Police Training 101: How to Properly Train Your Officers in 2020

Almost eight weeks have passed since George Floyd was killed during an arrest in Minneapolis, re-igniting a national conversation about policing. As Black Lives Matter protests continue around the country, activists are putting pressure on local government and law enforcement agencies to address critical issues. These agencies can start rebuilding community trust by making improvements to their police training. Though not a comprehensive list, here are a few things necessary to properly train police officers in 2020.

Expanded Legal Education

Citizens are expected to know and abide by the law, and the same should be said for police officers. Unlawful arrests and detentions erode community trust and the legitimacy of the police department. Alabama School of Law Professor Yuri R. Linetsky argues that officers who don’t understand substantive and constitutional law cannot effectively enforce the law. Police academies dedicate about 80 hours (on average) to legal education, whereas law students spend about 450 hours learning the same subjects. Linetsky argues that police academies should extend the time devoted to legal education or even require a two-year degree in criminal justice. More training means higher tuition, but agencies will save thousands on reduced litigation costs if fewer officers misapply the law.


Empathetic Mental Illness Training

Police academies dedicate on average 10 hours to mental illness education, yet officers have frequent contact with individuals experiencing mental illness. Sometimes these interactions have tragic consequences due to lack of understanding. Dedicating more time to this education and adopting more empathetic training programs will protect these vulnerable members of our communities.

Canadian training program used specific and targeted role-playing training sessions to improve interactions between Edmonton Police Services and mentally ill individuals. Officers and trained actors interacted in six realistic scenarios with the goal of improving empathy, communication, and de-escalation skills. After each scenario, the officer received feedback from the actors and a mental health professional. In the six months following this single day of training, officers could more readily identify mental illness as the reason for a call, were more efficient in dealing with the issues, and had less physical interaction and weapon usage on those calls. While the training costs $120 per officer, the increased efficiency led to over $80,000 in cost savings.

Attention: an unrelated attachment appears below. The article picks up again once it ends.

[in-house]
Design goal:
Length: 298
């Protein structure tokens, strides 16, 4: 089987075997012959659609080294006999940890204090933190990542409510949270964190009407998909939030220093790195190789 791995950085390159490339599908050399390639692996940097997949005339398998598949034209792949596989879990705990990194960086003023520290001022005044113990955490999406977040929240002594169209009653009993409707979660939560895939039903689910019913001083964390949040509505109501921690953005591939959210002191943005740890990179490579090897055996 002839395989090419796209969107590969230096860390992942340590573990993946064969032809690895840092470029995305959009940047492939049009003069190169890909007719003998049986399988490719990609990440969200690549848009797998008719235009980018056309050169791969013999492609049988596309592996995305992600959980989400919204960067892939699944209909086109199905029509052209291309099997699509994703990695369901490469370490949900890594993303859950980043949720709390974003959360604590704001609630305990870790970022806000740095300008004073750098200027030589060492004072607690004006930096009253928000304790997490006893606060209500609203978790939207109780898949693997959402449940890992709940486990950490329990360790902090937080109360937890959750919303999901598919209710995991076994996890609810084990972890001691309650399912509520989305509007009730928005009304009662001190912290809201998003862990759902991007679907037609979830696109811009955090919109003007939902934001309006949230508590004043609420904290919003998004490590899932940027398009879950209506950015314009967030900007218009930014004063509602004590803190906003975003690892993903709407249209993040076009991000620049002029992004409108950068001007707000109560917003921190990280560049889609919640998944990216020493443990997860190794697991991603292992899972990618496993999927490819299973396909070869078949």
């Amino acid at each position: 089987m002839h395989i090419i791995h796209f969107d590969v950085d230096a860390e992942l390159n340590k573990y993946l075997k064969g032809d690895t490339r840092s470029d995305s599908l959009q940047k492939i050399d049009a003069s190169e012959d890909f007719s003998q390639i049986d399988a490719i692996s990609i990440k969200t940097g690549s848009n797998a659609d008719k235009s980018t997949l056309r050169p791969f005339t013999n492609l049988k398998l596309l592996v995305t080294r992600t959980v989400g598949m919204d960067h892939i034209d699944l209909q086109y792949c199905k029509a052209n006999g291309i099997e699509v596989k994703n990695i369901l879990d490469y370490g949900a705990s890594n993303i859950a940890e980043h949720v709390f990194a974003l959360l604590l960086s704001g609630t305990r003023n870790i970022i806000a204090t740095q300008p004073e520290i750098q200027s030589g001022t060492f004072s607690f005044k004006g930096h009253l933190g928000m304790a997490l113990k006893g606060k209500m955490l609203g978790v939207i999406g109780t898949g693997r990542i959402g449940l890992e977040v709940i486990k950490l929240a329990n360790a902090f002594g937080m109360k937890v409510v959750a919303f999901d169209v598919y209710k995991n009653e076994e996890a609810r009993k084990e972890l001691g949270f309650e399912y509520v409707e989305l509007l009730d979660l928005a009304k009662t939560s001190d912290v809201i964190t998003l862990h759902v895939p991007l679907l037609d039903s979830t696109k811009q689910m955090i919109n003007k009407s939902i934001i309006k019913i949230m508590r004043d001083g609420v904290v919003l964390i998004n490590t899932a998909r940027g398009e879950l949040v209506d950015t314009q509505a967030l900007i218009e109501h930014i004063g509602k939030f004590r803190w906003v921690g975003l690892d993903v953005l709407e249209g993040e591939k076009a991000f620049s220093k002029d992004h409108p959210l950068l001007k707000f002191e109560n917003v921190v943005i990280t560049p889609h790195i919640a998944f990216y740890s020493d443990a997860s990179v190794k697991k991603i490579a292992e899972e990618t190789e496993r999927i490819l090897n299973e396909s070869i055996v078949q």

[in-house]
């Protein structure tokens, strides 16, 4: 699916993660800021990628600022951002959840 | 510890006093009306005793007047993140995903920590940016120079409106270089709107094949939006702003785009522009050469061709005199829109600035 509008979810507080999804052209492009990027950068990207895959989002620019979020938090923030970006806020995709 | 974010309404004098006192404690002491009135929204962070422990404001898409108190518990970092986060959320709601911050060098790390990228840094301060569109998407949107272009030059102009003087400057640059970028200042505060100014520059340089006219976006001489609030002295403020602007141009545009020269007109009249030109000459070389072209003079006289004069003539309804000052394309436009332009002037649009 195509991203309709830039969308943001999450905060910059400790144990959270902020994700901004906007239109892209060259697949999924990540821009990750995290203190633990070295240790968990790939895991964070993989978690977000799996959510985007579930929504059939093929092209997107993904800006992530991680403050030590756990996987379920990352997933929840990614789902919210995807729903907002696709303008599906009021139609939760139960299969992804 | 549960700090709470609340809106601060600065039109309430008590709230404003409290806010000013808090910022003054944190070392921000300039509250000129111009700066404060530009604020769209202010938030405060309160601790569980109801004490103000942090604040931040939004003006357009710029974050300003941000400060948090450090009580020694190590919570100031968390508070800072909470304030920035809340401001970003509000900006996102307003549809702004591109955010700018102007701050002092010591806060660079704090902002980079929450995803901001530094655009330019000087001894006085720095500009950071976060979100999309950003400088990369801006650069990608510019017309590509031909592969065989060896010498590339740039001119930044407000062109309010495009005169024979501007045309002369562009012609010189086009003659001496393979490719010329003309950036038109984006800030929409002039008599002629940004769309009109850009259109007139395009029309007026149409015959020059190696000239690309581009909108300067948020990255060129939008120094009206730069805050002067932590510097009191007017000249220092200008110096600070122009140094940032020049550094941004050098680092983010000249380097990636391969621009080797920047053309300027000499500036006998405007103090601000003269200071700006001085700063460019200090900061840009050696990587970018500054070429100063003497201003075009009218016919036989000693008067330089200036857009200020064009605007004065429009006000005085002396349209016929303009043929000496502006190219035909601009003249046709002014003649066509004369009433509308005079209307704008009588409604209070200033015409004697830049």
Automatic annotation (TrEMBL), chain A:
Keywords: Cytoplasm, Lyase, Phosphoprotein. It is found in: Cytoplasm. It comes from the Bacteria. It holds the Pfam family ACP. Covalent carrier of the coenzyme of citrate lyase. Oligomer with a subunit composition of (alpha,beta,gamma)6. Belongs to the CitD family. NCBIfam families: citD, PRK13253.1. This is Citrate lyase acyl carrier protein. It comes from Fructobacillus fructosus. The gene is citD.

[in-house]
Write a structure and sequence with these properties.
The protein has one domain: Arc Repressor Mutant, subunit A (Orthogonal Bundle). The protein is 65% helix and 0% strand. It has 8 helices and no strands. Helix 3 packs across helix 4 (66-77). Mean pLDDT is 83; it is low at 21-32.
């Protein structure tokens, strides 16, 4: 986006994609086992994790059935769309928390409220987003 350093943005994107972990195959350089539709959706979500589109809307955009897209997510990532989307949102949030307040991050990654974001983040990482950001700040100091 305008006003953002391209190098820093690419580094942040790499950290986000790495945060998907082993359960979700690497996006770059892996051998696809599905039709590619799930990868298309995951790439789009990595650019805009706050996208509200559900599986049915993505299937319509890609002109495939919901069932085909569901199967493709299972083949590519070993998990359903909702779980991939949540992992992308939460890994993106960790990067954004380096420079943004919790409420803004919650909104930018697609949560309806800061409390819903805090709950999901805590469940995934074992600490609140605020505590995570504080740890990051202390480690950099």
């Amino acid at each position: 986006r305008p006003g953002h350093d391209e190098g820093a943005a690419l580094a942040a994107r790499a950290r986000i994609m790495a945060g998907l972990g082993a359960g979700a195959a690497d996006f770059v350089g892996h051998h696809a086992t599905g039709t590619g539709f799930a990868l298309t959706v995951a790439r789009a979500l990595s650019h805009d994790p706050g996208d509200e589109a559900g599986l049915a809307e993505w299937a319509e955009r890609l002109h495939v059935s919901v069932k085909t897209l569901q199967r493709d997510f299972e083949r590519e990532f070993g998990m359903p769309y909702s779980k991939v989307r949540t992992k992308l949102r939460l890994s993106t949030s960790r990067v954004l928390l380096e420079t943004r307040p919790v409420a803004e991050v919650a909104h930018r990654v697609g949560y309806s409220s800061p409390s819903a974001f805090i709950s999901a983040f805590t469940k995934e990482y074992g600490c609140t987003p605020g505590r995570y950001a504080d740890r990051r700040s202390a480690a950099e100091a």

Peer Intervention

One of the reasons George Floyd’s death caused so much outrage is that several officers stood by while he begged for help. Too often, other officers turn a blind eye and internal investigations prove useless due to an unspoken “code of silence.” There are undoubtedly police officers who wish to intervene when they witness misconduct—but they need to be taught the tools to do so consistently, effectively, and safely. Incorporating an active bystandership or peer intervention program into training can do just that.

Some officers do not intervene from fear of retaliation or being ostracized. There are many stories of “good apples” being punished, including Officer Cariol Horne. After 19 years with Buffalo PD and shortly before her scheduled retirement, Officer Horne was fired for intervening when she saw a fellow officer, Gregory Kwiatkowski, choking a handcuffed man. Not only was she fired for obstruction of justice, but she had her pension revoked and was successfully sued by Kwiatkowski for defamation. This kind of thing absolutely must end and protections should be put in place for officers who report misconduct.

Efficient Training Management

Incorporating new training programs and staying up-to-date on in-service training requires law enforcement agencies to be organized and efficient. Companies like Orion Communications are offering public safety agencies a solution in the form of an innovative software suite. Orion’s workforce management solutions include smart scheduling, the ability to track training attendance in real-time, and tools to analyze workforce data.

Workforce management software also allows agencies to track individual training results and compile reports with ease. Smart scheduling and field service management can even help human resources save on labor costs. By updating their workforce management system, law enforcement agencies can streamline new training programs and easily share the results with their communities. Transparency is a major demand of activists and is necessary going forward to rebuild trust.


For some communities, it’s going to take more than improved training to make them feel safe. These problems have been half-heartedly addressed for decades with ineffective reform. Conversations have started to shift to defunding police departments and re-imagining public safety. It is more important than ever for local government and law enforcement agencies to listen and really hear the concerns of the communities they serve.

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